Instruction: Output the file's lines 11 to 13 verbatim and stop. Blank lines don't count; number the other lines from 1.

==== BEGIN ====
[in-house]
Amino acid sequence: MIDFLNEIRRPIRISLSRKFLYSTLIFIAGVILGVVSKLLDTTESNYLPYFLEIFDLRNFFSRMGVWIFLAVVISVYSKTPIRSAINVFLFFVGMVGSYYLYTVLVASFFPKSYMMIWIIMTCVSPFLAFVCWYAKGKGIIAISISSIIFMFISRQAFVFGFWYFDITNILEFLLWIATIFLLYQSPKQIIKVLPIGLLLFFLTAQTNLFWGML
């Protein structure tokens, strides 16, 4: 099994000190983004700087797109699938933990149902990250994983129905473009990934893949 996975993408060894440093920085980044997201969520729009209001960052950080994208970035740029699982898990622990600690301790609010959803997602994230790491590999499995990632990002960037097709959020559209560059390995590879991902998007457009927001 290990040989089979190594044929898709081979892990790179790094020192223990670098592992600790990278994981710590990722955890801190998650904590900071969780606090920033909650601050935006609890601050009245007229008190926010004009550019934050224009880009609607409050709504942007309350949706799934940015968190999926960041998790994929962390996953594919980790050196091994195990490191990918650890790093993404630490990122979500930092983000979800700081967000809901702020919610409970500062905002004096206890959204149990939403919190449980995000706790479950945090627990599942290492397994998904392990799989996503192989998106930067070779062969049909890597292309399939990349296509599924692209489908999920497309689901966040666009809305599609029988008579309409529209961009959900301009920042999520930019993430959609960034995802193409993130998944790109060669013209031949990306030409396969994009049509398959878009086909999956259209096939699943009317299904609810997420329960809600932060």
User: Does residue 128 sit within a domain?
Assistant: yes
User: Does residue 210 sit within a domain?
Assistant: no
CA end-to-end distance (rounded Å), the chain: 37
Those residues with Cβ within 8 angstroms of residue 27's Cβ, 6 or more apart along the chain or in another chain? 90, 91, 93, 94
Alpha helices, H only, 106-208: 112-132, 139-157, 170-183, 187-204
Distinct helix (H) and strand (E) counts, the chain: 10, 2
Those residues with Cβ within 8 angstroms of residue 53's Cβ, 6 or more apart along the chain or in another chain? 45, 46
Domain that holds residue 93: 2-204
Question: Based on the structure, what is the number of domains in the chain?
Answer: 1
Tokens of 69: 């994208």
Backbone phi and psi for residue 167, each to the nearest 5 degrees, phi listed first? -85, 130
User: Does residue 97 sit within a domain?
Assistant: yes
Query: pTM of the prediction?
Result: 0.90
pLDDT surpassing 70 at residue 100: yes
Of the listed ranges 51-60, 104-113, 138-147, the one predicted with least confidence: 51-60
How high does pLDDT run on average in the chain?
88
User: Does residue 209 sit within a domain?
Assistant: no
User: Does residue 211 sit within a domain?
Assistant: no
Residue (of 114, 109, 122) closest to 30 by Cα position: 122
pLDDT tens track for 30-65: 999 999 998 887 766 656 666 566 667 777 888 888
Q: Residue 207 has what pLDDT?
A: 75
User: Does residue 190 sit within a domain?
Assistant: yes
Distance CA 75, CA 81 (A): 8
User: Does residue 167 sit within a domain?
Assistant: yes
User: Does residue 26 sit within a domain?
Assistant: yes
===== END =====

Distinct helix (H) and strand (E) counts, the chain: 10, 2
Those residues with Cβ within 8 angstroms of residue 53's Cβ, 6 or more apart along the chain or in another chain? 45, 46
Domain that holds residue 93: 2-204